No, it doesn't. What puts someone on his cheerleading squad is consistently agreeing with him, as most here do. Someone could be on his cheerleading squad even if they only posted once or twice a year, if they were mindlessly agreeing with him. Read through the comments on any thread and you'll find that those whose opinions echo his own are supported, while any dissenting opinion is dismissed. This is common to all blogs, so it's not like he's any worse than anyone else.

On this particular thread, there were deeper questions raised about art, respond with substance to these.

I've read all the comments and can't see where these deeper questions were raised. All I see are people who, like Eolake, are very lazy and only interested in superficialities. What, I wonder, is the point in covering the same old ground, adding nothing new?

What do you consider true art? What would your definition be?

To be true art - and it doesn't have to be something I like - must have something to say. This has nothing to say, either in its original or processed form. It adds nothing. It's a particularly bland retread. Bland is the key word to describe this photograph. Adding the processing to it doesn't transform it into art, either. If something is unoriginal, shallow, and blah it will remain so no matter what you might do with it in Photoshop.

Eolake Stobblehouse said...

"Purposiveness" was a new word to me. It's clearly derived from Purpose, but I can see how you can abstract that away from something have a *specific* purpose. Mmm. Anyway, I *think* I get what you're getting at.

Eolake Stobblehouse said...

I think this is one great purpose of art, to break us out of personal perspective into, as Eolake said, the Universal.

Yes. I have long felt that the idea that art does or should express the artists' personal interests or personality is off.
If it does, it's accidental to the value of the artwork, and if it *only* does that, the value is severely limited.

Thanks, guys.

Anon, If I once have done you wrong personally, tell me about it so I can get a chance to apologize and make restitution.

Yvonne said...

Just dropped back into the discussion... Lots of good points there... Yes... Privacy is a complex issue. And like Lauries idea of exploring people's concepts of what Art is or means to them... Nice one Laurie... :-)
But why so personal anon...? The nice thing about a blog is that we can all have a discussion and exchange our thoughts on a subject... We are allowed to disagree with each other, discuss our reasons, hear others viewpoints and then re-adjust our own opinions as we learn new points from others. We are all consenting adults... We are allowed...!!!
There are no conspiracies..!!
We are just a bundle of adults online who enjoy a discussion. I have certainly enjoyed and learnt from all of the really good points made by everyone.
Lighten up anon...... :-)

Russ said...

Wow, three distinct subjects going on in one comment thread... very impressive!

1.) I like the treatment as well. I think the texture vignetting is well done in that it gives more focus on the subjects. Additionally, I think the white textures at the top make it seem like there is snow on the windows. The blue tone also adds to a sense of coolness which match well with the texture and the subjects wearing coats. I think this could of also worked well as a B&W high key image with white boarder vignetting.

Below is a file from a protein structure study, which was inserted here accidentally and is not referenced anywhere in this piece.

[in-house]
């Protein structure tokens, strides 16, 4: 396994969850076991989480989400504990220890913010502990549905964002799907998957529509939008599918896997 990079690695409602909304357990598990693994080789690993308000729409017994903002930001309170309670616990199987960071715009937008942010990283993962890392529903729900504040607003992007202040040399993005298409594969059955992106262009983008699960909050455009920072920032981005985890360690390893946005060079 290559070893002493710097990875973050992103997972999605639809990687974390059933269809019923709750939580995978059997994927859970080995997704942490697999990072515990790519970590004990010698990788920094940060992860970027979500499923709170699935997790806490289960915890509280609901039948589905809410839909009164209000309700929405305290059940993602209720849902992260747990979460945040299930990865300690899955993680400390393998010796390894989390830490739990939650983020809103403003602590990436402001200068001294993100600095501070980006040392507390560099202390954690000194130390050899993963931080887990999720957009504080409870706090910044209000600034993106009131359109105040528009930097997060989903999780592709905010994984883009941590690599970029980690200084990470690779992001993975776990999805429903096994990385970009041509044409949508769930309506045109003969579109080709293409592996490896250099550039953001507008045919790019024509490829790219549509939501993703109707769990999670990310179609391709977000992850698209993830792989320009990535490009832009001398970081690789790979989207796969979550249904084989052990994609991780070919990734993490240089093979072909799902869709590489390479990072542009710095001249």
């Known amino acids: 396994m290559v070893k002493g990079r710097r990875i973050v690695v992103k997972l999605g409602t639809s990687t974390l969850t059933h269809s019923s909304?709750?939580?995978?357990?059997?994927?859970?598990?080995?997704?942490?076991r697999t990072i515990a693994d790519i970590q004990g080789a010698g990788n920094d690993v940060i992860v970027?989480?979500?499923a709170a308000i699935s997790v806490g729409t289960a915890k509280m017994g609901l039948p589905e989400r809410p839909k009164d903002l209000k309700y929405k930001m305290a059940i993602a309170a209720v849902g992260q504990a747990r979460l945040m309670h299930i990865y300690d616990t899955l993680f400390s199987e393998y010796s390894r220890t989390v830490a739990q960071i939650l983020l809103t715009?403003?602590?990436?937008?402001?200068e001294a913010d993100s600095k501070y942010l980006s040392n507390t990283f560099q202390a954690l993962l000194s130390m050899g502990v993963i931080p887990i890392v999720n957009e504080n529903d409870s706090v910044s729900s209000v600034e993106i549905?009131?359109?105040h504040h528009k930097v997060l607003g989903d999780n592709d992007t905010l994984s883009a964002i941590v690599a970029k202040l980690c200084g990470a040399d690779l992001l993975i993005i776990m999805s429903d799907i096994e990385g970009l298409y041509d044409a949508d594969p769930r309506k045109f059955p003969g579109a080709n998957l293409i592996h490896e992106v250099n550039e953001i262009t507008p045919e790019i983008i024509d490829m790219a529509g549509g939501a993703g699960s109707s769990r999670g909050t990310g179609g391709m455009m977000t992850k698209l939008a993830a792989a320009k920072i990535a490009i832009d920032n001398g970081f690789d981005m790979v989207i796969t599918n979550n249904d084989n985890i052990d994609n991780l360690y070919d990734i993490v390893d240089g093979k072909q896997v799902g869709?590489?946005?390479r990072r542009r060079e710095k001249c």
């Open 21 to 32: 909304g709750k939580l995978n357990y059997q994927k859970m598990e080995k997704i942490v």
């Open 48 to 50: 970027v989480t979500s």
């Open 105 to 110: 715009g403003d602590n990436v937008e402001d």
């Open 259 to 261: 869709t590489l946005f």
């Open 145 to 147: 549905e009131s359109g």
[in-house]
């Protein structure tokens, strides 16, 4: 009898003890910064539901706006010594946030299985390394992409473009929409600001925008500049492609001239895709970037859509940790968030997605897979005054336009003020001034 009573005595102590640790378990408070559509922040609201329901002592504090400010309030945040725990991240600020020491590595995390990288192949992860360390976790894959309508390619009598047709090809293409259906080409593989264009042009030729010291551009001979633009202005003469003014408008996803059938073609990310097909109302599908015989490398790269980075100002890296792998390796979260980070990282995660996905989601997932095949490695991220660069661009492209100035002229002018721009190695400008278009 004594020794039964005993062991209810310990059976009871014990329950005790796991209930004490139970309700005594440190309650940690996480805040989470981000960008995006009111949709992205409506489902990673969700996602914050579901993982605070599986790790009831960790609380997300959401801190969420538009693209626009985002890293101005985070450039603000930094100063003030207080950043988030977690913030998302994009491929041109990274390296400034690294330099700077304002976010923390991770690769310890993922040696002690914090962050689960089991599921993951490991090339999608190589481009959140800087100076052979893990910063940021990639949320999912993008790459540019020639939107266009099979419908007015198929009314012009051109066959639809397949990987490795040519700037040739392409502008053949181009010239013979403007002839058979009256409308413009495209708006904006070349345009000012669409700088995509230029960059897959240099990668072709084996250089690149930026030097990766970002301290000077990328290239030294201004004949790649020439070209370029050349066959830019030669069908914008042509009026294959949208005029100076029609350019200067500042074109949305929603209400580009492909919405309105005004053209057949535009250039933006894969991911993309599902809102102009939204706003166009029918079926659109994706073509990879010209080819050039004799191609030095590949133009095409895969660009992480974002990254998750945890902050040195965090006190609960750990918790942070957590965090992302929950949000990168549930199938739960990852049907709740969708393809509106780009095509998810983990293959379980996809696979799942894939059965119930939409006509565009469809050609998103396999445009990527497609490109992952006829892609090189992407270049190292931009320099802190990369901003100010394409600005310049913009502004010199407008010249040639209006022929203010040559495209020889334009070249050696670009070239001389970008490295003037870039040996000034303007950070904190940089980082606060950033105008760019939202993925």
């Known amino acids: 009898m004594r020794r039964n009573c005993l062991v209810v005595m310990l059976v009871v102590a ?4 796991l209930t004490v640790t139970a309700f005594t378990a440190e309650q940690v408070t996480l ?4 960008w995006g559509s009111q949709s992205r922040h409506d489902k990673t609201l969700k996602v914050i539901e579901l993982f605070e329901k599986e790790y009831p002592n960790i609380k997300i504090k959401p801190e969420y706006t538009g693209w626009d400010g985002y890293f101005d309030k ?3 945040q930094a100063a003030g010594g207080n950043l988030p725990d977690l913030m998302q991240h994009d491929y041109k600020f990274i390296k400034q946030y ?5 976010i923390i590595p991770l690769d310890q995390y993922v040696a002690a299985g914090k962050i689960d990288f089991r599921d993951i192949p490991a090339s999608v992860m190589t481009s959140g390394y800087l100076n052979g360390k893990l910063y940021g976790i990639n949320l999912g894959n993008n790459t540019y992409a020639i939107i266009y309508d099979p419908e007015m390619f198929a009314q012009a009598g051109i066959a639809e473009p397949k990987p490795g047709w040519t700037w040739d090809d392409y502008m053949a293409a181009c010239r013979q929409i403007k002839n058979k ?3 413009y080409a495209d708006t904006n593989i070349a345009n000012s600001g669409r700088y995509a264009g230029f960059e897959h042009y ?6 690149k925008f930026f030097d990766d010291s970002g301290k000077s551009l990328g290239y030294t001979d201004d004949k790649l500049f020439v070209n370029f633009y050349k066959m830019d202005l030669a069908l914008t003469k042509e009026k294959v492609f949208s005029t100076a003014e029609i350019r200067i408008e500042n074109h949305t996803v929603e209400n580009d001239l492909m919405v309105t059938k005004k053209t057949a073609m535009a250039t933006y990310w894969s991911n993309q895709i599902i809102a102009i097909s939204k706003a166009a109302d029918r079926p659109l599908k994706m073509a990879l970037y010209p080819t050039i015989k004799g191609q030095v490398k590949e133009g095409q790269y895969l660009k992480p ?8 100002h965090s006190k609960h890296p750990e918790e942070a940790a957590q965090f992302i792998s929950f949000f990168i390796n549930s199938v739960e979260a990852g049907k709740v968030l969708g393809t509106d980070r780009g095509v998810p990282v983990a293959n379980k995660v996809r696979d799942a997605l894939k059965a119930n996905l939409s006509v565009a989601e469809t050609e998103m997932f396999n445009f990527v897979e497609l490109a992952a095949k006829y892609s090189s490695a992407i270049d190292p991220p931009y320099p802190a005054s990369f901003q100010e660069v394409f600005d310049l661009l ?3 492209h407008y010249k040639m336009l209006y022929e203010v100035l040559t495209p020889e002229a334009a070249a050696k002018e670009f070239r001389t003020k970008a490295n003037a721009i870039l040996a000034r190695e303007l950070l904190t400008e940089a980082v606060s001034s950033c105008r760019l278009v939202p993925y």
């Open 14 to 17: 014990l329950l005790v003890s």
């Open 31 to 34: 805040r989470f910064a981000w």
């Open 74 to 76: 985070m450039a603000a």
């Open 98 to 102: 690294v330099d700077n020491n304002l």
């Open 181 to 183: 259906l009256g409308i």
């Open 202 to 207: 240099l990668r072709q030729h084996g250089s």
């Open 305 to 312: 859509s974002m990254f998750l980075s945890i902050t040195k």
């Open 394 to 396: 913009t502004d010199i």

2.) On the subject of privacy there is a huge divide between what is legal and what is ethical. In the U.S. no photographer would even consider photographing small children (not related to them) in a park unless they wanted to be accosted by their parents. I'm of the opinion that if I'm shooting someone (an adult) in public and they don't know I'm shooting them, then what's the harm? If I post the image to a photography website and I don't use their name, what's the big deal?

3.) What is art? At the simplest level, I think it comes down to the intent of the artist. It's art because the artist says it is and it should be viewed as such. Duchamp's use of a men's urinal which he entitled Fountain is a good example. Now good art versus bad art is a completely different discussion! ;-)

Laurie said...

Thanks Russ, for running a line of clarity through the thread.

My partner Jeff's dad, out West, is making a lot of money selling his art (he makes wall hangings of bronze wildlife sculptures, etc.).
His definition of art: Art is whatever you can get away with.
It's pretty cynical, but many, many people love his art and no matter how much he hikes his prices, they pay it. So, is he more a salesman, or an artist?

I remember living out in Taos, New Mexico and coming upon a shop window of local's art. It was terrible, hokey Southwestern scenes, blanketed Pueblo women, pastels, it was cheap art. But at the time I was in a particularly
clear state of mind (mega doses of meditation) and a clarity ran through absolutely everything I saw, and a beauty, even that horrible art, and I found this quite curious. If someone's in love, their (to others) grossly unattractive partner is beautiful.

But art isn't just about beauty, is it.